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Hatchet for the Honeymoon (1970)

Il Rosso segno della follia, Un Accetta per la luna di miele, An Axe for the Honeymoon, Blood Brides, Un Hacha para la luna de miel, The Red Mark of Madness, The Red Sign of Madness

Rating: 7/10

Running Time: 85 minutes

UK Certificate: 15


In Italy, sensationalist thriller novels were published with yellow (or ‘giallo’) covers, and so films inspired by their lurid subject matter became known as ‘gialli’. Dario Argento and Lucio Fulci may be its best known exponents, but they, like so many American directors, were in thrall to the undisputed father of the giallo, Mario Bava, who established all the subgenre’s groundrules in films like ‘Black Sunday’, ‘Blood and Black Lace’, and ‘Lisa and the Devil’, with his characteristic eye for rich detail and his extraordinary powers of manipulation. ‘Hatchet for the Honeymoon’ represents something of a deviation from the normal conventions of the giallo. Instead of featuring the usual black-gloved killer whose identity is carefully concealed until the end, the cleaver-wielding John Harrington (Steven Forsyth) is seen doing his murderous work right from the opening scene, and his voice-over reveals candidly “I am a madman, a dangerous killer…I have killed five young women, three of whom are buried in the hothouse”.

The dandyish John exploits his ownership of a Parisian wedding salon to kill brides on their wedding night – with each murder bringing him closer to remembering the circumstances of his own mother’s violent death, which he witnessed as a boy. For in the tradition of ‘Peeping Tom’ and Psycho, Bava’s film is not so much a whodunnit as a whydunnit, and while there is a policeman (Jesús Puente) on the trail of the missing women, it is John’s own investigation into the shattered pieces of his mind and his attempts, through the act of murder, to track down a hazy boyhood memory, that form the centrepiece of the detective psychodrama. Yet ‘Hatchet for the Honeymoon’ is also a darkly surreal comedy about the eternal bonds of marital love, with John’s nagging, unsatisfied wife Mildred (Laura Betti) proving to be a haunting presence with a far tighter stranglehold on his mind than his mother ever had.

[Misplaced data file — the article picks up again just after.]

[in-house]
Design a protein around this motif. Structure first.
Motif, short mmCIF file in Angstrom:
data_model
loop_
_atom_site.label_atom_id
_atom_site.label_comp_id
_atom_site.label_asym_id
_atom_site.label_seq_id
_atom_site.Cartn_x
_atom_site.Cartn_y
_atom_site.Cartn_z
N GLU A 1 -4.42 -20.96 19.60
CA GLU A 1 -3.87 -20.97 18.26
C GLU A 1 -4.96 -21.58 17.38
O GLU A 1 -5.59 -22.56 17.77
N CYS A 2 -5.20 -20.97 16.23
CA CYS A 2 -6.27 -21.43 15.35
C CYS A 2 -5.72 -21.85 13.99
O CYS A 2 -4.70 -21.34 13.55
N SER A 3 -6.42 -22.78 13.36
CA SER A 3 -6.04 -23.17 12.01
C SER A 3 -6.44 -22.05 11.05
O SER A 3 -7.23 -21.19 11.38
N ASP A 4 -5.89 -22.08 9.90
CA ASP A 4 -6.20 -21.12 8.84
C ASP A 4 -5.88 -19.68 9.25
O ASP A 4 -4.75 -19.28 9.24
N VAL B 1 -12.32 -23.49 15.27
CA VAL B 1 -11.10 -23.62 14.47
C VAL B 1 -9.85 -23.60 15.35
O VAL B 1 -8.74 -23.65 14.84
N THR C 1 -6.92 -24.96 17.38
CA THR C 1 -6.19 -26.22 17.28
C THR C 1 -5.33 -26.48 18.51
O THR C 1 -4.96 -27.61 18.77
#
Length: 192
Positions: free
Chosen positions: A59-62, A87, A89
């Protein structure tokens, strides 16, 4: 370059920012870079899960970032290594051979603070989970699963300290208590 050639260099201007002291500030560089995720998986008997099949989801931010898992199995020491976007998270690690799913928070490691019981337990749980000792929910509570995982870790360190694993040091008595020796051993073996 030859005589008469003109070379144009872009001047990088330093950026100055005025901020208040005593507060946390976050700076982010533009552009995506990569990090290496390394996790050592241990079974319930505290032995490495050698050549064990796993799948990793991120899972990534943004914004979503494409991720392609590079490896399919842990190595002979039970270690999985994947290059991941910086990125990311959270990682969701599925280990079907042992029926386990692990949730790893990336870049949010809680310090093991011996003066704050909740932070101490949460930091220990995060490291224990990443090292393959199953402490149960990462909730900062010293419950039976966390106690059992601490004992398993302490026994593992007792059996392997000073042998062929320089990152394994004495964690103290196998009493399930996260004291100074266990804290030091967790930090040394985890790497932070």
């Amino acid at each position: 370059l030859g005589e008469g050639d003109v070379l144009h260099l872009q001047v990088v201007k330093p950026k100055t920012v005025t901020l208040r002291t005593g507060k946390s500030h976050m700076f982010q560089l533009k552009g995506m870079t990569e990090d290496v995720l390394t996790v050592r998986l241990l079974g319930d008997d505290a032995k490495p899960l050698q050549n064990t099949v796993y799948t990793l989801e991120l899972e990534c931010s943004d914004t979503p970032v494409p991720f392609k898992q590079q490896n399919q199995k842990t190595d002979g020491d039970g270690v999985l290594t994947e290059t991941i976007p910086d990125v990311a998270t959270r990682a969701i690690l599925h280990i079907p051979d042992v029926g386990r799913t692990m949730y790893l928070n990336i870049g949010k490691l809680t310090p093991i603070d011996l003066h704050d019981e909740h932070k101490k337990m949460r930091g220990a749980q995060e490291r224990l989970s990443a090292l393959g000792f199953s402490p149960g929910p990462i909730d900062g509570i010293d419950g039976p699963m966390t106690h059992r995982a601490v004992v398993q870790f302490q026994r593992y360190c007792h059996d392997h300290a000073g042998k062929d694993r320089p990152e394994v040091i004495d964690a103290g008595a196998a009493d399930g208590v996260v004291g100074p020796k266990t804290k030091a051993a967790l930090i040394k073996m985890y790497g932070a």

To anyone steeped in the tropes of psychokiller cinema, ‘Hatchet for the Honeymoon’ has very few surprises – but this is partly due to the film’s great influence on subsequent slashers, so that what in Bava was inventively original has now come to seem like cliché. For its opening train sequence is the source for the beginning of George A. Romero’s Martin, its point-of-view shots ascending a staircase have inspired the famous opening of John Carpenter’s Halloween, while its idea of a killer who surrounds himself with female dummies has clearly informed William Lustig’s ‘Maniac’. Still, when it comes to immaculately controlled sets, claustrophobic camera angles and editing that follows its own macabre logic (e.g. cutting from the smoking chimney of an incinerator in which a corpse is being cremated to a piece of burning toast, or from a woman with her throat slit open to a boiled egg being opened with a teaspoon), Bava’s only real rival (and closest imitator) is Dario Argento, and his ‘Deep Red’ in particular owes a considerable debt, and even its titular colour, to ‘Hatchet for the Honeymoon’ (originally called ‘The Red Mark of Madness’).

Although ‘Hatchet for the Honeymoon’ does not quite deliver at the end on the promise of its first half (and at no point features a hatchet), it is nonetheless a consummate piece of Hitchcockian film-making from one of Italy’s grand masters of psychosexual suspense.

It's Got: Mothers, marriage, madness and murder; paranoia and the paranormal; exquisite sets (including General Francos villa in Barcelona); brilliantly executed cinematography and editing; a very black streak of humour.

It Needs: More of a surprise to its ending.

DVD Extras Scene selection; choice of Dolby 2.0/5.1 surround/dts; Dario Argento - an Eye for Horror (57min) - an excellent featurette on the life and works of Argento narrated by Mark Kermode, and including interviews with Argento, his ex-wife/muse Daria Nicolodi, his daughters/muses Fiore and Asia ("[he] never killed me once but he had me raped a few times") and his brother/producer Claudio, with his biographers Alan Jones and Maitland McDonagh, with his actors Michael Brandon (Four Flies on Grey Velvet), Jessica Harper (Suspiria) and Piper Laurie (Trauma), with his composers Claudio Simonetti and Keith Emerson, with directors John Carpenter, George A. Romero, William Lustig and Luigi Cozzi, with gore wizard Tom Savini, and with überfan Alice Cooper - all very fascinating, even if only tangentially related to Mario Bava (who gets only one passing mention); trailer; bio of Bava; film notes; photo gallery. DVD Extras Rating: 6/10


Perhaps not Bava's best, but this influential psychosexual thriller of matrimonials and madness still runs (wedding) rings around much of the competition.